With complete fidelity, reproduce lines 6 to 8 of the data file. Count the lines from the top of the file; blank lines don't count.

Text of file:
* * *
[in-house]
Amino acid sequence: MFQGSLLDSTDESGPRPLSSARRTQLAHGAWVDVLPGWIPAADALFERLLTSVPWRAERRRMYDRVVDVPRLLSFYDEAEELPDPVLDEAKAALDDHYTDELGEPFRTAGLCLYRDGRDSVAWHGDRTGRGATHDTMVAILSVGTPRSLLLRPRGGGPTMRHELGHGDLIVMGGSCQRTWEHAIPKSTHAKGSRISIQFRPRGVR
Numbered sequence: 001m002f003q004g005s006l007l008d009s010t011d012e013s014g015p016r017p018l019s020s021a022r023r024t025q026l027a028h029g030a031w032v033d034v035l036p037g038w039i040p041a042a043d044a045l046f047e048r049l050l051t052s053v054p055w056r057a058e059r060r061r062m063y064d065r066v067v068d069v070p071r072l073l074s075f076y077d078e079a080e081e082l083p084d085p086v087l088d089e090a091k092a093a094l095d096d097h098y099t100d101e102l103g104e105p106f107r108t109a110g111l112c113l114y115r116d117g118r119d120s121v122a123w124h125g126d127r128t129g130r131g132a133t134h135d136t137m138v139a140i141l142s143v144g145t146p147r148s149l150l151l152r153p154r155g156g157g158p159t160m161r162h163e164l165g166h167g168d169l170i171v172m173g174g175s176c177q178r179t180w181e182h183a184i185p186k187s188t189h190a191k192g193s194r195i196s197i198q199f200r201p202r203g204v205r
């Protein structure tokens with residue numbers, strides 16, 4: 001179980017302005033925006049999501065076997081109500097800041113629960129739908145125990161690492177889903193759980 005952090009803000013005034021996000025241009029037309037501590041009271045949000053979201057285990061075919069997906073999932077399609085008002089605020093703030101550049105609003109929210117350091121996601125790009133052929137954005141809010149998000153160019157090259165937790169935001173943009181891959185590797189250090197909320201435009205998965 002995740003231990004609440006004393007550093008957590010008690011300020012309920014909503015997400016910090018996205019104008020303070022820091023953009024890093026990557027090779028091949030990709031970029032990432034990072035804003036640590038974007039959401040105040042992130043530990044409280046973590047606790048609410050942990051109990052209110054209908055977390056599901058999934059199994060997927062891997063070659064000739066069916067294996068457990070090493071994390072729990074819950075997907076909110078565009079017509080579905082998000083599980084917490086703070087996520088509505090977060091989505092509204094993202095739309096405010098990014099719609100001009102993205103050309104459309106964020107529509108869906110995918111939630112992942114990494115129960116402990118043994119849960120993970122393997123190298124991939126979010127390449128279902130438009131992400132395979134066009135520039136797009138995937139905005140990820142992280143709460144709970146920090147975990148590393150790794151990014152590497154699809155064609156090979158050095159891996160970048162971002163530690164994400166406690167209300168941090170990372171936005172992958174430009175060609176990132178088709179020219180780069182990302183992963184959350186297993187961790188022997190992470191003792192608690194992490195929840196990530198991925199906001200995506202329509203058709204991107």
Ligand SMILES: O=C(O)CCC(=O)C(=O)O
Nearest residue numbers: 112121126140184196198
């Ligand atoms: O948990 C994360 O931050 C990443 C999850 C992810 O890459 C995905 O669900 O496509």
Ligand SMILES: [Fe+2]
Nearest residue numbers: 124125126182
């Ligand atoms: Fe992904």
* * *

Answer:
Nearest residue numbers: 112121126140184196198
């Ligand atoms: O948990 C994360 O931050 C990443 C999850 C992810 O890459 C995905 O669900 O496509």
Ligand SMILES: [Fe+2]